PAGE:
Those Fighting to Save DACA Still Seeking Answers - Higher Education
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Those Fighting to Save DACA Still Seeking Answers

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by Jamaal Abdul-Alim


WASHINGTON — Earlier this year, Yenimar Cortes confronted General John F. Kelly just before his confirmation hearing as secretary of Homeland Security to ask him if he planned to defend the Deferred Action for Childhood Arrivals program, or DACA.

The Obama-era program allows certain undocumented young people brought to the United States as children to work in the country and be spared from deportation for a period of two years. Cortes is a “DACA-mented” individual. She came to the United States at age 2 with her parents, whom she says were seeking a better life and trying to escape poverty in Mexico.

Yenimar Cortes came to the United States at age 2 with her parents from Mexico, wants the Trump Administration to know it has “my family and my life” in its hands.

“I just want to emphasize that you would have my family and my life in your hands,” Cortes told Kelly as they walked a hallway of a Senate office building back in January, as shown in this video. “Can you just give me an answer, like yes or no?”

Kelly responded at the time that he’ll have to “reserve an answer” until after his confirmation, and then “see where the President-elect wants to go on it.”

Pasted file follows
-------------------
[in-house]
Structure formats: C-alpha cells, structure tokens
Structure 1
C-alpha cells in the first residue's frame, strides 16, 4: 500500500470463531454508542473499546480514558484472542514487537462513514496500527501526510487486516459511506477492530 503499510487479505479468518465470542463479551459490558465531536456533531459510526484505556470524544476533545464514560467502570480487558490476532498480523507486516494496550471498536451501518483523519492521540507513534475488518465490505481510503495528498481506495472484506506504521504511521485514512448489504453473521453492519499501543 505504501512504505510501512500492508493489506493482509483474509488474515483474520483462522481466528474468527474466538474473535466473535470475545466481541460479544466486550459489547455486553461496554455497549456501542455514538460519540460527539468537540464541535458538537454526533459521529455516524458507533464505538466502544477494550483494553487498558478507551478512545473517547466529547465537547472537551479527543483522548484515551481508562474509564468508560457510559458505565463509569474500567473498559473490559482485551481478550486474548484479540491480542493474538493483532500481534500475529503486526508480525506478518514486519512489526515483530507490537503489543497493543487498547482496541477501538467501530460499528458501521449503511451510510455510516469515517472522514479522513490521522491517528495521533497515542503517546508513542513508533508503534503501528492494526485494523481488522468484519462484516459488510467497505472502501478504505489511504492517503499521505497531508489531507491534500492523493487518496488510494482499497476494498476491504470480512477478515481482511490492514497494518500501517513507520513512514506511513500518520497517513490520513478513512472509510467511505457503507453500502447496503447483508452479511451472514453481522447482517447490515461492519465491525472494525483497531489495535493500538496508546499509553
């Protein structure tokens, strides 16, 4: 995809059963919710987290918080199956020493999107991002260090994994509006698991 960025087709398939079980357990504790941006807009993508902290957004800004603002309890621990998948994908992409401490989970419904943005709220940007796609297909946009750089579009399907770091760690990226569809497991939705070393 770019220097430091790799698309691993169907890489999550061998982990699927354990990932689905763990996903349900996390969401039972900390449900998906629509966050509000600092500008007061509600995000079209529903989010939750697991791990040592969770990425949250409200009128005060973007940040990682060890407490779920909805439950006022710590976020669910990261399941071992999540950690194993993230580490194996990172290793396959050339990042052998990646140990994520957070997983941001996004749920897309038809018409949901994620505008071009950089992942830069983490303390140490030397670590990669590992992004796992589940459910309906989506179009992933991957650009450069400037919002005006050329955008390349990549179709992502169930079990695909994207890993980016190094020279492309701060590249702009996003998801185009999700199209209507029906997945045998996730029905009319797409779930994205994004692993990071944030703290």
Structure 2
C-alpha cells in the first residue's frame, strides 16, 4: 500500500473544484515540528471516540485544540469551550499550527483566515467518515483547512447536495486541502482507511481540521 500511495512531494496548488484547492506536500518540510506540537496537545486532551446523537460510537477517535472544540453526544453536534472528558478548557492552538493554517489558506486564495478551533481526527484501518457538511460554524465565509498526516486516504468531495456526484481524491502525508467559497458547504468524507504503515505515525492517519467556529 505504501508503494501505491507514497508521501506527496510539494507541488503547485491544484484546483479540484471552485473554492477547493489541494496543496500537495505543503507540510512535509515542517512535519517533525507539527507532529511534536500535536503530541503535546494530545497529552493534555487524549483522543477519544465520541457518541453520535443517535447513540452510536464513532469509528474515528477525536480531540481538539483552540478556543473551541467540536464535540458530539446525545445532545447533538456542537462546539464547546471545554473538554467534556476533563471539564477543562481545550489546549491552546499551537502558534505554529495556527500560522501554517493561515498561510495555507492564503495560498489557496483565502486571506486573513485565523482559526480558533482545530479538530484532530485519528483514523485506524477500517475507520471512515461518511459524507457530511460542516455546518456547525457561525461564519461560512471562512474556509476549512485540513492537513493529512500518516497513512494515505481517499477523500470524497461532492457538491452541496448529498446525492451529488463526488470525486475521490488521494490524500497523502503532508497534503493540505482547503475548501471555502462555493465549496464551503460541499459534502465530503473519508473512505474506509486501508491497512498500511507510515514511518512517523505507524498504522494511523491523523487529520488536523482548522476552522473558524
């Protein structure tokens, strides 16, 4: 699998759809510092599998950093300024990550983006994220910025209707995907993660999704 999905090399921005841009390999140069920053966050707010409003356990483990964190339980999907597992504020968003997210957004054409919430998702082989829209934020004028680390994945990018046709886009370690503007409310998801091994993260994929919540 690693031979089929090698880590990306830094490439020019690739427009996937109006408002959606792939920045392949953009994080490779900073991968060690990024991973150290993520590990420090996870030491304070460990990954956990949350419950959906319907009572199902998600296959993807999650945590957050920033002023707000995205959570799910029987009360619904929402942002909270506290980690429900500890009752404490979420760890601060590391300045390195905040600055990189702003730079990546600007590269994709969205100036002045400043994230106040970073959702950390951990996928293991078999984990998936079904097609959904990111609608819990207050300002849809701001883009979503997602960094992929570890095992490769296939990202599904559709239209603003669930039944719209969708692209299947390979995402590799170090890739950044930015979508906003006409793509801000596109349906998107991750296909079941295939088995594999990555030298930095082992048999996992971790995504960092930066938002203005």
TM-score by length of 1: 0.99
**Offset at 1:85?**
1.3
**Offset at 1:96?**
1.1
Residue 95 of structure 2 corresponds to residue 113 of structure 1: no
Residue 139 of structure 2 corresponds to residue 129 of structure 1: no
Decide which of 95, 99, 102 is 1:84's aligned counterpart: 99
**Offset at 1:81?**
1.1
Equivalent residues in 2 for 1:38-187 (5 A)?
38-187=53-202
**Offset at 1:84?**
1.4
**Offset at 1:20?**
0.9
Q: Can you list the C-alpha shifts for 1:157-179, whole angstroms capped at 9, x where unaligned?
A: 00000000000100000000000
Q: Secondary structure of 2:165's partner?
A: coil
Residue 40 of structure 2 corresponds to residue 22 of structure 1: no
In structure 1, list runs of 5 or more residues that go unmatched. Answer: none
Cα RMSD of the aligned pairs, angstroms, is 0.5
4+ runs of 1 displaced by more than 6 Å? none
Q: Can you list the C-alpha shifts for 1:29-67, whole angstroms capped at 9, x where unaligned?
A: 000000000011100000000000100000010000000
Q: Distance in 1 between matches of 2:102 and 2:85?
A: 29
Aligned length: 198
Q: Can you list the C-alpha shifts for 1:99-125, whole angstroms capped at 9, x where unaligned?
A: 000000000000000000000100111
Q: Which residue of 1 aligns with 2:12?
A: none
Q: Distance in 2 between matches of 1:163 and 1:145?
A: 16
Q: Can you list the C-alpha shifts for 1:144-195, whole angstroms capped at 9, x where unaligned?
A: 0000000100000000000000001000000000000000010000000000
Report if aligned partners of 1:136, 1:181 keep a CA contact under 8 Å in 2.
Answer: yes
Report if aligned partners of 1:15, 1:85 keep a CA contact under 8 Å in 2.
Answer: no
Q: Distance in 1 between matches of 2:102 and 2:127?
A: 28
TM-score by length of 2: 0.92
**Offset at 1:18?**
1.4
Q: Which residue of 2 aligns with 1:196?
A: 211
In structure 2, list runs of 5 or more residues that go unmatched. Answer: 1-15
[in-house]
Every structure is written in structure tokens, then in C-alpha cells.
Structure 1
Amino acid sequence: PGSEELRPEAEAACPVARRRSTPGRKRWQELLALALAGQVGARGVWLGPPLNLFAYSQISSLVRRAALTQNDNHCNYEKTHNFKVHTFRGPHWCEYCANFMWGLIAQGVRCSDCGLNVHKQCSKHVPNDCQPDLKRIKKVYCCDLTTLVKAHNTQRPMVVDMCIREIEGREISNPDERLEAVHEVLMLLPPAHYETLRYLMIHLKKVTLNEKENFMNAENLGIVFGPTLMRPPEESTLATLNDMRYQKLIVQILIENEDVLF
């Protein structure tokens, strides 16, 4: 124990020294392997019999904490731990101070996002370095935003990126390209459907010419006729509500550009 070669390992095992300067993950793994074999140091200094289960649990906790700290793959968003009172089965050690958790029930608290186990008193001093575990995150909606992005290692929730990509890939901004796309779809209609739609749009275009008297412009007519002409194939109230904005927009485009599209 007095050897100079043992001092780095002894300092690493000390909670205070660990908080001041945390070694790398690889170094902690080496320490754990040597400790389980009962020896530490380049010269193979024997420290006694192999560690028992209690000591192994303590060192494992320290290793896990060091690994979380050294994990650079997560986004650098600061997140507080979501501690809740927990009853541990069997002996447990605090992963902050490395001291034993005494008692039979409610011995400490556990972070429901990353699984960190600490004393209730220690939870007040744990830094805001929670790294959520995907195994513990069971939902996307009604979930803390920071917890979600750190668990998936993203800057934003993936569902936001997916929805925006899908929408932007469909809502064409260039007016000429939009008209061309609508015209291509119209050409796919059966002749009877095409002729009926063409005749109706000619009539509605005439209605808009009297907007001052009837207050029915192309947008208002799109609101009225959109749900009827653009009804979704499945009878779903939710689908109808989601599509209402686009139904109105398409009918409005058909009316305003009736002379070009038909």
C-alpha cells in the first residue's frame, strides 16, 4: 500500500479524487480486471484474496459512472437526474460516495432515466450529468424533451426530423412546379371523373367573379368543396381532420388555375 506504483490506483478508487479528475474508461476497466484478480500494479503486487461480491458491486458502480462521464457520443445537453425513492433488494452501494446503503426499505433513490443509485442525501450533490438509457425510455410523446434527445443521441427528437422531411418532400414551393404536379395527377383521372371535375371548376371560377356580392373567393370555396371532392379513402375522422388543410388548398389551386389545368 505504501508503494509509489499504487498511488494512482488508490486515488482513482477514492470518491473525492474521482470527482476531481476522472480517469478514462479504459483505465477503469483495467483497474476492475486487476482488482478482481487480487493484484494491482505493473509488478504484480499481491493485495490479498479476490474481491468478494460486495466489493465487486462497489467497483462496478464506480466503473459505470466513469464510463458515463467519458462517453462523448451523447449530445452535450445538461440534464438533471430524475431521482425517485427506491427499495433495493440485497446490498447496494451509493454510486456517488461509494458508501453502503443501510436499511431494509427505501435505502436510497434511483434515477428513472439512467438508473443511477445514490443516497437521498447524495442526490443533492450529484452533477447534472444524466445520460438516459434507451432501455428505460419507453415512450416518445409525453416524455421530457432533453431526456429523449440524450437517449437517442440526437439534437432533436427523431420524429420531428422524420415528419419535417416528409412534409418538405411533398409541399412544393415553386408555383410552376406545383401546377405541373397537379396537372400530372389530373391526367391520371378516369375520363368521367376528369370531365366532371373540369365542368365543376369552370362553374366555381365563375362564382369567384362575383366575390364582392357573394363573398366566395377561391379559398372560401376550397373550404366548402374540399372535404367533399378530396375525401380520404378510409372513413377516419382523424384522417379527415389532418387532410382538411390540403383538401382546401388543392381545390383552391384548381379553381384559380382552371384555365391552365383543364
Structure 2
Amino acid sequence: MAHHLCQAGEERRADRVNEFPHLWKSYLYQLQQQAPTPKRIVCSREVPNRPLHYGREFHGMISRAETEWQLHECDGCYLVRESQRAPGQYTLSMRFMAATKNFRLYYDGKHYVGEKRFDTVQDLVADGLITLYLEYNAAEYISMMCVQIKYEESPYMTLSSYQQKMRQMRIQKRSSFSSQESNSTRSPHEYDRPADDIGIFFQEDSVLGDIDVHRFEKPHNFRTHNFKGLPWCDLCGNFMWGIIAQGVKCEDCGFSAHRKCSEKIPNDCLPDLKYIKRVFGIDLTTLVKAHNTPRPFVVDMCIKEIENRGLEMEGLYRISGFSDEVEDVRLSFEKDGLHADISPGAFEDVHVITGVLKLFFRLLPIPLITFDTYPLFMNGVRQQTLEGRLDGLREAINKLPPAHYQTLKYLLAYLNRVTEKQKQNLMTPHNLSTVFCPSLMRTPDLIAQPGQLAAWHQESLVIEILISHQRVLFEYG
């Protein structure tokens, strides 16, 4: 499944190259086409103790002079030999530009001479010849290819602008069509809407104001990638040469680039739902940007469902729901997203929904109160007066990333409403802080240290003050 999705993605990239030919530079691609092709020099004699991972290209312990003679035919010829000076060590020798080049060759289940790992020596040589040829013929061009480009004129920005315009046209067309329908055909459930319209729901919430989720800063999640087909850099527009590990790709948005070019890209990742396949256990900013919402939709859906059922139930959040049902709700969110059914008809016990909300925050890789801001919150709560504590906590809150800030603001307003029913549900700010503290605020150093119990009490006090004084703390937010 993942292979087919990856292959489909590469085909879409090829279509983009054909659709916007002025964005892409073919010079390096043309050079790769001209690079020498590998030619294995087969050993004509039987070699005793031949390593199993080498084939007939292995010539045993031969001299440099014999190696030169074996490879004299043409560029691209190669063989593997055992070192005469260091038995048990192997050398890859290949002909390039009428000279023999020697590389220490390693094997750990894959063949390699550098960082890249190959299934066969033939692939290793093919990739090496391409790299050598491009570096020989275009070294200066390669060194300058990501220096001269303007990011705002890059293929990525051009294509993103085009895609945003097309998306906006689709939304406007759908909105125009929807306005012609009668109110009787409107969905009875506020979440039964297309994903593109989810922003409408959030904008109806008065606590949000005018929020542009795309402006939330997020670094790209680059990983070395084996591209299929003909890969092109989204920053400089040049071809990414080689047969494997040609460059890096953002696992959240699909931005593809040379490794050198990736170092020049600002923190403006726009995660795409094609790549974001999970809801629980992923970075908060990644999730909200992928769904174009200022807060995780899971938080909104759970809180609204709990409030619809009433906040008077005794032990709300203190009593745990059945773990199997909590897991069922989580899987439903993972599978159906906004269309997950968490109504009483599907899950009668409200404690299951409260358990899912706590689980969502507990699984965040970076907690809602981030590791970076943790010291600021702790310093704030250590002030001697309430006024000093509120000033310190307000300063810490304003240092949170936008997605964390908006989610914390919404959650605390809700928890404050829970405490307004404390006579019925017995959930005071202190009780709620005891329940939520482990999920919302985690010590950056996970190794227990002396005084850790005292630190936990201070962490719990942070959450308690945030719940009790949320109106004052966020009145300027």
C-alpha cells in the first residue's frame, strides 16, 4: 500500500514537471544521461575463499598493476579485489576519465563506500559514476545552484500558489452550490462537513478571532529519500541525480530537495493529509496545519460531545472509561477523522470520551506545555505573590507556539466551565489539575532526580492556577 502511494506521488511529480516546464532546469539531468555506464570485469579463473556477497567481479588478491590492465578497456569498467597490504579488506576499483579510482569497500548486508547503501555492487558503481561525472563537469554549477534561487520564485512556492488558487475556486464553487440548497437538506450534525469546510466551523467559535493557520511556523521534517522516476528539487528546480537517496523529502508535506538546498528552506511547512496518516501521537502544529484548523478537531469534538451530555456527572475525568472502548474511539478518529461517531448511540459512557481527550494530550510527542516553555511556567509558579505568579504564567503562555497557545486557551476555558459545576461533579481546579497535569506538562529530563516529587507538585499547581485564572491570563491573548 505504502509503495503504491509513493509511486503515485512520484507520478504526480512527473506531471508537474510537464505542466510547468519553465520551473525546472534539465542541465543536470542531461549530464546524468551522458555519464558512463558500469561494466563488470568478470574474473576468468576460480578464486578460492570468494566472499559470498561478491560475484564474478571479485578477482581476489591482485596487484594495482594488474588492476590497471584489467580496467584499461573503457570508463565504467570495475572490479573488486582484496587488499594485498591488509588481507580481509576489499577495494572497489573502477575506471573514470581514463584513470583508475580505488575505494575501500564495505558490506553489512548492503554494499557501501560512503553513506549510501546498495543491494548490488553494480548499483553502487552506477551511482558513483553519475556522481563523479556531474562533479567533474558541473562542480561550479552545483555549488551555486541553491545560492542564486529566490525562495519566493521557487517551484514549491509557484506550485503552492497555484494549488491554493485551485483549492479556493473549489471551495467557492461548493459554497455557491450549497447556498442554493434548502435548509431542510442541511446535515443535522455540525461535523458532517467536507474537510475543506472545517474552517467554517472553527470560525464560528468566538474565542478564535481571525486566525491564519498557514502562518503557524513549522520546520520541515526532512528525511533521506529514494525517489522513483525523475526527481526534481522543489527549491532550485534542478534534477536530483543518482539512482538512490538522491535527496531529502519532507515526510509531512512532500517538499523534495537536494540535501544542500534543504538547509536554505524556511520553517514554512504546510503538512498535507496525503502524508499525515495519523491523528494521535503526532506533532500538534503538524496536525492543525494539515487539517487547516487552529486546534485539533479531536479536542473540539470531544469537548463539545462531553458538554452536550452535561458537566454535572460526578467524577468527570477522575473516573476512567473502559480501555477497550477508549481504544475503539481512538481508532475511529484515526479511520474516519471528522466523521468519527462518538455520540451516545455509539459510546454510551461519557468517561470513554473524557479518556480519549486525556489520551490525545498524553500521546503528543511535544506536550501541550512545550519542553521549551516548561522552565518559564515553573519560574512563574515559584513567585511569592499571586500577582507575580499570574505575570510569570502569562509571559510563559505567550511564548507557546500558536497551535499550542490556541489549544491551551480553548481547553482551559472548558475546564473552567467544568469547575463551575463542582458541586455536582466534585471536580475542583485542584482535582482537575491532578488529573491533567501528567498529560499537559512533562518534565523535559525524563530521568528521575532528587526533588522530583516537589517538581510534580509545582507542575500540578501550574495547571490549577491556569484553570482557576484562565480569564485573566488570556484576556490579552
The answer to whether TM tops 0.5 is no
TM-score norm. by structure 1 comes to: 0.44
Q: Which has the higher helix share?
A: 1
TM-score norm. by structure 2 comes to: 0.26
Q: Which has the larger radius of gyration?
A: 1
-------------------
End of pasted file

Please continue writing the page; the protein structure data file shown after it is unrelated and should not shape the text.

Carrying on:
Seven months after that exchange, Cortes, 19, a political science major at Eastern Connecticut State University and recipient of a National Scholarship for undocumented students from thedream.us, is still seeking an answer from Kelly, who is now White House chief of staff.

She sought that answer as one of several speakers Tuesday during a DACA rally that drew a diverse crowd of hundreds of DACA and immigration supporters — some from as far away as Florida — to Lafayette Square, just outside the White House. The protesters braved rain, beat drums and chanted pro-immigration slogans, such as: Up, up with immigration, down, down with deportation.

Cortes, speaking from a platform, said: “Just like I looked back in January to John Kelly, I look at him today, because I know he’s going to hear our message. I know he’s going to see this video.

“And I say: Do you really want to deport me? Do you really want to deport us? Because these are the faces that you’re deporting,” Cortes continued in her rousing speech. “We’re not just some economic thing, some paper. We’re people. We have rights. We have a community.”

Cortes then led the crowd to repeat after her: General John Kelly, do you want to deport me?

In some ways, the answer to that question remains as unclear today as it was back when Cortes initially confronted Kelly.

Which is why speaker after speaker Tuesday pointedly criticized the administration of President Donald J. Trump — who was away at Trump Tower in Manhattan — for not making a decision on DACA, yet deporting young Dreamers, such as Lizandro Claros Saravia, a 19-year-old undocumented student who was deported to his native El Salvador after he reported a soccer scholarship to ICE.